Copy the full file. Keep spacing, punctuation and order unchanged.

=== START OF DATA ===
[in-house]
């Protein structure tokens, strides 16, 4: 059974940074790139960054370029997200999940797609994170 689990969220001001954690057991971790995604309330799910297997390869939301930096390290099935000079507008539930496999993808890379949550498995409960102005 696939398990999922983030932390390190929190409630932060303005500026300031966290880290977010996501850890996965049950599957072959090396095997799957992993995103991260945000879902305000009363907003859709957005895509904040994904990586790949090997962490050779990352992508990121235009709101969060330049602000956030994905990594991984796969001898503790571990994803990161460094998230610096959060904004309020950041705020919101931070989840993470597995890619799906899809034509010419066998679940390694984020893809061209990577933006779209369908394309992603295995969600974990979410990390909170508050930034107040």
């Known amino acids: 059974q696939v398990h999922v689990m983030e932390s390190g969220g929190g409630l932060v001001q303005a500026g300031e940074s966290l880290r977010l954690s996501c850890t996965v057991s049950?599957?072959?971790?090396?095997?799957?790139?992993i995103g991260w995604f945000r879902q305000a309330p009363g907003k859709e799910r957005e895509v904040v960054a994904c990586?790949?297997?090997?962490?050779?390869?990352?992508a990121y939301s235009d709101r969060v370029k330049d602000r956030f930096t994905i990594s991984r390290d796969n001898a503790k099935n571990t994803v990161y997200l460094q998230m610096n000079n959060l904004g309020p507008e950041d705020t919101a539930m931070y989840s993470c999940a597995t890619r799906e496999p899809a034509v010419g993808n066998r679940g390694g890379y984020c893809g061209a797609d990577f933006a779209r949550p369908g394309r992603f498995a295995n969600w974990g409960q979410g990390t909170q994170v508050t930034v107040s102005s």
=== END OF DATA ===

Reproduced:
[in-house]
């Protein structure tokens, strides 16, 4: 059974940074790139960054370029997200999940797609994170 689990969220001001954690057991971790995604309330799910297997390869939301930096390290099935000079507008539930496999993808890379949550498995409960102005 696939398990999922983030932390390190929190409630932060303005500026300031966290880290977010996501850890996965049950599957072959090396095997799957992993995103991260945000879902305000009363907003859709957005895509904040994904990586790949090997962490050779990352992508990121235009709101969060330049602000956030994905990594991984796969001898503790571990994803990161460094998230610096959060904004309020950041705020919101931070989840993470597995890619799906899809034509010419066998679940390694984020893809061209990577933006779209369908394309992603295995969600974990979410990390909170508050930034107040």
């Known amino acids: 059974q696939v398990h999922v689990m983030e932390s390190g969220g929190g409630l932060v001001q303005a500026g300031e940074s966290l880290r977010l954690s996501c850890t996965v057991s049950?599957?072959?971790?090396?095997?799957?790139?992993i995103g991260w995604f945000r879902q305000a309330p009363g907003k859709e799910r957005e895509v904040v960054a994904c990586?790949?297997?090997?962490?050779?390869?990352?992508a990121y939301s235009d709101r969060v370029k330049d602000r956030f930096t994905i990594s991984r390290d796969n001898a503790k099935n571990t994803v990161y997200l460094q998230m610096n000079n959060l904004g309020p507008e950041d705020t919101a539930m931070y989840s993470c999940a597995t890619r799906e496999p899809a034509v010419g993808n066998r679940g390694g890379y984020c893809g061209a797609d990577f933006a779209r949550p369908g394309r992603f498995a295995n969600w974990g409960q979410g990390t909170q994170v508050t930034v107040s102005s």